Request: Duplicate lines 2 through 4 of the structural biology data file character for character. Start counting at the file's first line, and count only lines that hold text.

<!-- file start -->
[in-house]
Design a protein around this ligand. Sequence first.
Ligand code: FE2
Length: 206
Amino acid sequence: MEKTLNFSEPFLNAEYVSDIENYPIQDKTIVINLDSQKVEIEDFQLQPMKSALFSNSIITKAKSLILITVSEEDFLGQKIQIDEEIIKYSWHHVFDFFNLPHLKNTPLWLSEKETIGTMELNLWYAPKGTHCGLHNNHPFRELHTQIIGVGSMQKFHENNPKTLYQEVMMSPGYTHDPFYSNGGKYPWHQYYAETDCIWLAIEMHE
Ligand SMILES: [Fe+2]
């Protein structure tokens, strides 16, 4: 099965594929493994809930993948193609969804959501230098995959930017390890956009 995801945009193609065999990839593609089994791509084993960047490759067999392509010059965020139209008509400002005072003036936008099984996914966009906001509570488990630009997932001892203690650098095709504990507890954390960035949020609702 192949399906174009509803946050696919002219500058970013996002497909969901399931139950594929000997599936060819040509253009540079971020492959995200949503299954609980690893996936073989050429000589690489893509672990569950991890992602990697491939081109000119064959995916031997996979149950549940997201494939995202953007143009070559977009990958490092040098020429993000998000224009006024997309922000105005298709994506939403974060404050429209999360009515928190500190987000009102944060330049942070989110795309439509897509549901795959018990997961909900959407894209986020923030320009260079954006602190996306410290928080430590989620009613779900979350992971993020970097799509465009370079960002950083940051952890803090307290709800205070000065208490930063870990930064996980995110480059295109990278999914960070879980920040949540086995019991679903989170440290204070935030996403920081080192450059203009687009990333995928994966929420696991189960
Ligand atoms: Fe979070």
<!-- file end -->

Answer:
Design a protein around this ligand. Sequence first.
Ligand code: FE2
Length: 206